NEW DELHI (Reuters) – India’s retail inflation may stay elevated for at least three more months after hitting a six-year high in October, as excess rain has damaged standing crops and seedlings, while edible oils that the country imports have become expensive.
The high prices are a particular cause of concern for India’s hundreds of millions of poor people, who have already been squeezed by the coronavirus pandemic and its impact on an economy that contracted a record 23.9% in April-June.
Food items such as onions, potatoes, eggs, meat and tomatoes have a nearly 46% weight in India’s retail inflation basket. Food inflation shot up to 11.07% in October, the highest in nine months according to data released on Thursday, sending overall retail inflation surging to 7.61%.
“We were expecting a hefty correction in vegetable prices but just before harvesting, excessive rainfall damaged crops,” said Amol Ghule, a vegetable trader based in the western state of Maharashtra that dominates India’s onion and oilseeds production.
Parts of India’s richest state was battered by untimely rain last month.
“Many farmers are having to prepare seedlings again for planting and this will delay supplies from the new season crop,” Ghule said.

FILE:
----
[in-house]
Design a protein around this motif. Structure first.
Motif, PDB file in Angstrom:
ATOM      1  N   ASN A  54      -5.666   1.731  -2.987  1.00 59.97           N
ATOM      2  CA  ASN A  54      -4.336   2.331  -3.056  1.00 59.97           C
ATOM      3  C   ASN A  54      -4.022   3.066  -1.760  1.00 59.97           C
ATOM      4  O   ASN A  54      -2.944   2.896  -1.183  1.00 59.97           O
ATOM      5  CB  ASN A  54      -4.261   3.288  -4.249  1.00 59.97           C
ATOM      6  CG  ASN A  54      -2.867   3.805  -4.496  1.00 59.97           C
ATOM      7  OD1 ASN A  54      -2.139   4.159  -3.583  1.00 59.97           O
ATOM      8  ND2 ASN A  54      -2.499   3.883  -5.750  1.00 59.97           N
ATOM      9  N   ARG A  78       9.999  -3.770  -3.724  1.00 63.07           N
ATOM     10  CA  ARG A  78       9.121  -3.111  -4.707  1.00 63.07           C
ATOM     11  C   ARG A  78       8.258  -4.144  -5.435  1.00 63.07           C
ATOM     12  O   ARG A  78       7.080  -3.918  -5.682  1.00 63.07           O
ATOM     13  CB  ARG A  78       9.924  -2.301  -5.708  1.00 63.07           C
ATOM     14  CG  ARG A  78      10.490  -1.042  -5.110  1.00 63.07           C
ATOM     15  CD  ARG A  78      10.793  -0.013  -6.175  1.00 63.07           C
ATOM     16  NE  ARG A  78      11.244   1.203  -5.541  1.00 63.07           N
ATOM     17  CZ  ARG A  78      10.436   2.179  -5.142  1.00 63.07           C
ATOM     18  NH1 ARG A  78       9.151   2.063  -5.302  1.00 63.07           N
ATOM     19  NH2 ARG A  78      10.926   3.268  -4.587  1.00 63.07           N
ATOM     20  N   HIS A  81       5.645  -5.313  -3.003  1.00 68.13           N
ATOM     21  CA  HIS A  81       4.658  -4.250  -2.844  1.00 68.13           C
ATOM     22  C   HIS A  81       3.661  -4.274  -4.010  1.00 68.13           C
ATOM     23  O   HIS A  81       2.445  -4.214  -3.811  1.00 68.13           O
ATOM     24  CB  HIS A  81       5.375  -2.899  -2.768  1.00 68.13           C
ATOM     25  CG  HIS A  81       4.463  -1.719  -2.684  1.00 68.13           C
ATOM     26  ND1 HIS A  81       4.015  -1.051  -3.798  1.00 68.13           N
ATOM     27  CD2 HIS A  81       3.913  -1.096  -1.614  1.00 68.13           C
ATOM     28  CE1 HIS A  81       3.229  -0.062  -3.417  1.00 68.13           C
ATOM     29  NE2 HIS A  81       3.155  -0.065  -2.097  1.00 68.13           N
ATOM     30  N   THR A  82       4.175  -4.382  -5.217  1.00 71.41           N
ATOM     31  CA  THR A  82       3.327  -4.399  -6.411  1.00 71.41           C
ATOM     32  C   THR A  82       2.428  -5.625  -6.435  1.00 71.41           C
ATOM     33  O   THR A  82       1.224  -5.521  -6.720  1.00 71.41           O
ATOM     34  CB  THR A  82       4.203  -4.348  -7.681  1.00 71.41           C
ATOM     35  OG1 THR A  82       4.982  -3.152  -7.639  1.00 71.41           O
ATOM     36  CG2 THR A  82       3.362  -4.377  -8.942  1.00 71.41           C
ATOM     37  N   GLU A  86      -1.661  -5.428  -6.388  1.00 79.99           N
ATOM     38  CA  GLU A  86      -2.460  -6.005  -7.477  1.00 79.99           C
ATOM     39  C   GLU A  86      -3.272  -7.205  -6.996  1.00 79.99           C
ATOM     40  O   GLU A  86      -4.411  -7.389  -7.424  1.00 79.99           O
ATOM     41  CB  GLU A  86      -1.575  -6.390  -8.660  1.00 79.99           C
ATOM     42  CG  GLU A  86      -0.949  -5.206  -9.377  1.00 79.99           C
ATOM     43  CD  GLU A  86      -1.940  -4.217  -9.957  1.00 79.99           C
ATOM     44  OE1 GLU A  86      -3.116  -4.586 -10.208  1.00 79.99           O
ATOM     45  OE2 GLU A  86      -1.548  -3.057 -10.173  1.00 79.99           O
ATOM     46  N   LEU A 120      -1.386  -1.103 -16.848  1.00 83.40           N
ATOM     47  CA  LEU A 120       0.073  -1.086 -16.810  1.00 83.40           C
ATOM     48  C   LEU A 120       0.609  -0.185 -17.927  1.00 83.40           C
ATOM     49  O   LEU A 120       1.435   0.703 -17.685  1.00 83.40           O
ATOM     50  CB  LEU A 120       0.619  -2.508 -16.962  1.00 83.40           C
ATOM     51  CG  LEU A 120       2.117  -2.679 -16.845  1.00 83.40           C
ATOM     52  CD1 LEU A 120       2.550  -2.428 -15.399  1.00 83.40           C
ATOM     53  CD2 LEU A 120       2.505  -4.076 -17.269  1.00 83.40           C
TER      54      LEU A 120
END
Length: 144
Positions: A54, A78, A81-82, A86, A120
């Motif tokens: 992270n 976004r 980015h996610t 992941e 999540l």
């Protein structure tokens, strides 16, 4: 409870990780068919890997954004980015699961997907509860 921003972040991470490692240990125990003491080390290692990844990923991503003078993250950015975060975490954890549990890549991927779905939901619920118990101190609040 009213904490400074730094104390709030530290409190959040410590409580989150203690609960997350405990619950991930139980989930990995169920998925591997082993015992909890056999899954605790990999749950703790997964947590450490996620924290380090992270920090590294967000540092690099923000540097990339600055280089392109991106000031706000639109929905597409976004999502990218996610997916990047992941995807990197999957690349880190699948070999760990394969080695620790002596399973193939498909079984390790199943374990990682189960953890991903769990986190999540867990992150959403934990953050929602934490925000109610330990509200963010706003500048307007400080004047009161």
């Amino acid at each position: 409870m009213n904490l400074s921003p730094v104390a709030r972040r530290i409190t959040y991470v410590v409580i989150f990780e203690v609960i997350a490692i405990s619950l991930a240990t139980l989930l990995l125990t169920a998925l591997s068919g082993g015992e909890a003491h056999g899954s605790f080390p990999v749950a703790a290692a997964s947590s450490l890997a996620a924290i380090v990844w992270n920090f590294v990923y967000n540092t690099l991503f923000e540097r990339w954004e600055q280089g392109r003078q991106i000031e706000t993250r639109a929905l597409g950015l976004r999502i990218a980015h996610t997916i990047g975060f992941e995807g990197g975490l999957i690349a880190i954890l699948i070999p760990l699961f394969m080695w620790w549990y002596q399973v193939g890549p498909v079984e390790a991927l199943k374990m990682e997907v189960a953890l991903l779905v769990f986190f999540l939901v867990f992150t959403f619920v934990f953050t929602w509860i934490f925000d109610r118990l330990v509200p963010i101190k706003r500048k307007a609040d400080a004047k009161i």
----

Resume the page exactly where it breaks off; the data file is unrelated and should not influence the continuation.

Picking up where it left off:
In the past three months, onion prices have more than quadrupled in India, while soyoil prices <NSOc1> have rallied 23%.
International prices of edible oils, meanwhile, have hit record highs due to falling stocks. India imports 70% of its edible oil from countries such as Malaysia, Argentina, Indonesia and Ukraine.
“Palm oil prices have jumped in Indonesia and Malaysia, soyoil in Argentina and sunflower oil in Ukraine,” said B.V. Mehta, executive director of industry body the Solvent Extractors’ Association.
Poultry prices are rising as Indians flock to chicken shops for some extra protein during the pandemic, while production is low because many chicken farms were closed due to India’s virus lockdown.
Also, high vegetable prices have made eggs more affordable for many poorer people, said Uddhav Ahire, chairman of poultry supplier Anand Agro Group.
Economists say the government’s extra spending to revitalise the economy could also keep inflation high. This fiscal year ending March 31, the government is likely to overshoot its budgeted spending of $407.80 billion by more than $60 billion.
Worried about stoking inflation further, the Reserve Bank of India has paused its monetary easing since August, after cutting rates by 115 basis points since March.
For 29-year-old Karan Solanki, now the sole earner in his family after his mother lost her job during the pandemic, higher food prices mean watchful purchases of even the most basic items.
“We are unable to buy ration in bulk for a month anymore,” said Solanki, who runs errands at a private company in Mumbai and lives with his parents and sister.
“We only buy in small quantities for daily use and avoid using expensive vegetables as much as we can.”
(Reporting by Aftab Ahmed and Rajendra Jadhav; Editing by Alex Richardson)